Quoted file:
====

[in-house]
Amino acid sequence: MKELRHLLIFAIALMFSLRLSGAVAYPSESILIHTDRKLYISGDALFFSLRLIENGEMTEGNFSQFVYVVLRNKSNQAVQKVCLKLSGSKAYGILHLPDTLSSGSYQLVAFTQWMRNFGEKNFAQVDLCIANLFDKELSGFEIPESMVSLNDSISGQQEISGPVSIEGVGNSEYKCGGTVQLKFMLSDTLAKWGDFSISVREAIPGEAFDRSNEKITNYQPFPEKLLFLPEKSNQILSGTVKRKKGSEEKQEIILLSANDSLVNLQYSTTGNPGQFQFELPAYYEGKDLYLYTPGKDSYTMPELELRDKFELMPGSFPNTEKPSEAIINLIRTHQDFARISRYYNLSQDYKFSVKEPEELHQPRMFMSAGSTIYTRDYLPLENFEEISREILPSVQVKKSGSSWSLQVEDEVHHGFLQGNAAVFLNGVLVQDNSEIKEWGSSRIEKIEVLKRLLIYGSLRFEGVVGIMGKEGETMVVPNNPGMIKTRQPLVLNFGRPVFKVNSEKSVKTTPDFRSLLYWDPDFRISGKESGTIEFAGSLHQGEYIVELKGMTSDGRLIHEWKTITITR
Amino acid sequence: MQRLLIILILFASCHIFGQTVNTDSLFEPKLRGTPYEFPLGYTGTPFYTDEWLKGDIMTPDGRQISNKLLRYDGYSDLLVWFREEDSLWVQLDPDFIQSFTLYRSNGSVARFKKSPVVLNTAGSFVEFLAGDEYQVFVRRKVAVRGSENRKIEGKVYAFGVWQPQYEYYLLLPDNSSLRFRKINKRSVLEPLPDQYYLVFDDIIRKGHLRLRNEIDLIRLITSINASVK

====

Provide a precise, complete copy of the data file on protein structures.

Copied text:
[in-house]
Amino acid sequence: MKELRHLLIFAIALMFSLRLSGAVAYPSESILIHTDRKLYISGDALFFSLRLIENGEMTEGNFSQFVYVVLRNKSNQAVQKVCLKLSGSKAYGILHLPDTLSSGSYQLVAFTQWMRNFGEKNFAQVDLCIANLFDKELSGFEIPESMVSLNDSISGQQEISGPVSIEGVGNSEYKCGGTVQLKFMLSDTLAKWGDFSISVREAIPGEAFDRSNEKITNYQPFPEKLLFLPEKSNQILSGTVKRKKGSEEKQEIILLSANDSLVNLQYSTTGNPGQFQFELPAYYEGKDLYLYTPGKDSYTMPELELRDKFELMPGSFPNTEKPSEAIINLIRTHQDFARISRYYNLSQDYKFSVKEPEELHQPRMFMSAGSTIYTRDYLPLENFEEISREILPSVQVKKSGSSWSLQVEDEVHHGFLQGNAAVFLNGVLVQDNSEIKEWGSSRIEKIEVLKRLLIYGSLRFEGVVGIMGKEGETMVVPNNPGMIKTRQPLVLNFGRPVFKVNSEKSVKTTPDFRSLLYWDPDFRISGKESGTIEFAGSLHQGEYIVELKGMTSDGRLIHEWKTITITR
Amino acid sequence: MQRLLIILILFASCHIFGQTVNTDSLFEPKLRGTPYEFPLGYTGTPFYTDEWLKGDIMTPDGRQISNKLLRYDGYSDLLVWFREEDSLWVQLDPDFIQSFTLYRSNGSVARFKKSPVVLNTAGSFVEFLAGDEYQVFVRRKVAVRGSENRKIEGKVYAFGVWQPQYEYYLLLPDNSSLRFRKINKRSVLEPLPDQYYLVFDDIIRKGHLRLRNEIDLIRLITSINASVK